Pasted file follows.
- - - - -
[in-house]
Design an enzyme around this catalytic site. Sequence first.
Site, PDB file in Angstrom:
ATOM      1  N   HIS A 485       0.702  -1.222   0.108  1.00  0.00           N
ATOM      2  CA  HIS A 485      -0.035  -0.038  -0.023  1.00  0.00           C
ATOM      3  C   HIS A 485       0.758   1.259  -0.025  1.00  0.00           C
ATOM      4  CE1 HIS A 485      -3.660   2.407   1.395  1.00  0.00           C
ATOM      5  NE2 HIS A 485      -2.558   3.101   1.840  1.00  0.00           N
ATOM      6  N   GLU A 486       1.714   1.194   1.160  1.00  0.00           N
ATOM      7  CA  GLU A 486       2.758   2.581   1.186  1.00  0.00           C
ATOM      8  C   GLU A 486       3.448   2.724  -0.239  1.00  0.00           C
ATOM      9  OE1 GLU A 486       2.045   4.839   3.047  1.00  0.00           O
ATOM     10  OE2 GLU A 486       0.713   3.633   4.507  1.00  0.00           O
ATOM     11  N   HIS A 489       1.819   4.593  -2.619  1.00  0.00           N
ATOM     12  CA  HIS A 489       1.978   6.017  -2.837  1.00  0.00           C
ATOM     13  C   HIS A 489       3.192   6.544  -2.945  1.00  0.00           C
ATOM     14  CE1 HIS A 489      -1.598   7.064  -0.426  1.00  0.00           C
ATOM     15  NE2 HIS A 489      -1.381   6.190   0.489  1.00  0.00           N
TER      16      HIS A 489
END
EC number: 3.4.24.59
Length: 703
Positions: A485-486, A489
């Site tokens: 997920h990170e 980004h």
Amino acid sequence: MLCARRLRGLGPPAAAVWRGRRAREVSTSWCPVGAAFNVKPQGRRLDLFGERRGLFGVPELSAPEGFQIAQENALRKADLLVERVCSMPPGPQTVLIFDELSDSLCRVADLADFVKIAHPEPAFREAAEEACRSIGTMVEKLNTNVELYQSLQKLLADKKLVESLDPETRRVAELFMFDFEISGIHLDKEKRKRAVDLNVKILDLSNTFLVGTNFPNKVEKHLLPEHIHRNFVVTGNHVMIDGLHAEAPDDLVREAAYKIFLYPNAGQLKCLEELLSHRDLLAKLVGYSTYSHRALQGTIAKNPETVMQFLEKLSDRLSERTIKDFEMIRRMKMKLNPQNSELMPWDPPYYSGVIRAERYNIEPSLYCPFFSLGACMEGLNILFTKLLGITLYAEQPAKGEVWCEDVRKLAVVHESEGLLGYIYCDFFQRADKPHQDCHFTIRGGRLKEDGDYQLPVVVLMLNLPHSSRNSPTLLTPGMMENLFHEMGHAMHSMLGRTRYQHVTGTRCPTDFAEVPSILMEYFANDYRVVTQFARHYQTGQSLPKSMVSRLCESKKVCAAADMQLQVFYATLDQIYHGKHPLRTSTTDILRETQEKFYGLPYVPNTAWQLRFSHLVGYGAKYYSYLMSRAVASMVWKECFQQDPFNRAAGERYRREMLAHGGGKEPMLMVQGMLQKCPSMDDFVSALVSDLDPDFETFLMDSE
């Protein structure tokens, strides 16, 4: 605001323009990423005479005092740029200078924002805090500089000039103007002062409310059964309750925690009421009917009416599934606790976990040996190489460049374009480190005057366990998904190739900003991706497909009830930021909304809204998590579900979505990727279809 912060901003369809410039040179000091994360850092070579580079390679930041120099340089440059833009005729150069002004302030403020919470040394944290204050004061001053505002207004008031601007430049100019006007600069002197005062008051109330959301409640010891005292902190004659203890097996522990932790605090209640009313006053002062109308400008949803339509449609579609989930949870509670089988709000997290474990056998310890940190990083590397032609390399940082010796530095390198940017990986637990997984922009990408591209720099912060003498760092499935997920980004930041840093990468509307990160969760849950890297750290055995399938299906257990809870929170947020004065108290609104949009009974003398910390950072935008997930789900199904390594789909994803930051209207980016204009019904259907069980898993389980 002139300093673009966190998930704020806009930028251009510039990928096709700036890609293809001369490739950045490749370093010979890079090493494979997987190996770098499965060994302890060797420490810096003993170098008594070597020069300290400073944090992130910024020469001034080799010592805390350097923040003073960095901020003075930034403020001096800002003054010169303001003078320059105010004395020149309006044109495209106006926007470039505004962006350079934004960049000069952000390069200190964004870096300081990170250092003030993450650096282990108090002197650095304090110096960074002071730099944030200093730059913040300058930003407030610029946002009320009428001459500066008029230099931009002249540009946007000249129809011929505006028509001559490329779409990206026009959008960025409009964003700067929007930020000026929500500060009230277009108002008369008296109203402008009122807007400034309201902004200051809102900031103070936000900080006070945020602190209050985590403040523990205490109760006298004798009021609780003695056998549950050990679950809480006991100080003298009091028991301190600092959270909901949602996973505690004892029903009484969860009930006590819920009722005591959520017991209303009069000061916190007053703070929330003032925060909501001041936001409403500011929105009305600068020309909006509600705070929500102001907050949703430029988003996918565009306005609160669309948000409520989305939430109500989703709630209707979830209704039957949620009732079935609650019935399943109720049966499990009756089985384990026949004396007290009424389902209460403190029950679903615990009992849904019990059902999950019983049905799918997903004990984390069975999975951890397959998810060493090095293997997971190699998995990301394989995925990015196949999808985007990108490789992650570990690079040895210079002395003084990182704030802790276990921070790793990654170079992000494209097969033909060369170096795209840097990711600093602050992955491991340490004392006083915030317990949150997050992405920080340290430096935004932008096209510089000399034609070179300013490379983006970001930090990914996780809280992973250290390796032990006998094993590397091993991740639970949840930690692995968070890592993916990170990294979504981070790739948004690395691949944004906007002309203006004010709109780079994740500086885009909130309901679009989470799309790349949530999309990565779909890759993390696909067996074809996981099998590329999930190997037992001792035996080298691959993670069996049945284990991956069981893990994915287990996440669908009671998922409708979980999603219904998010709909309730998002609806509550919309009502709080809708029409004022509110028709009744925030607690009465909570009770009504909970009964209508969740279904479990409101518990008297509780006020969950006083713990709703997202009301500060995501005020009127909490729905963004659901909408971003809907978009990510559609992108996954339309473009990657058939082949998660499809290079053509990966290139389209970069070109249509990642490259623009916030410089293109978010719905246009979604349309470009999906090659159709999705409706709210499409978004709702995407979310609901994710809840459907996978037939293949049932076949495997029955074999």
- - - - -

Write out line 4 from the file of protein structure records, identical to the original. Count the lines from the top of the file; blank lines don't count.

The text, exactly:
ATOM      1  N   HIS A 485       0.702  -1.222   0.108  1.00  0.00           N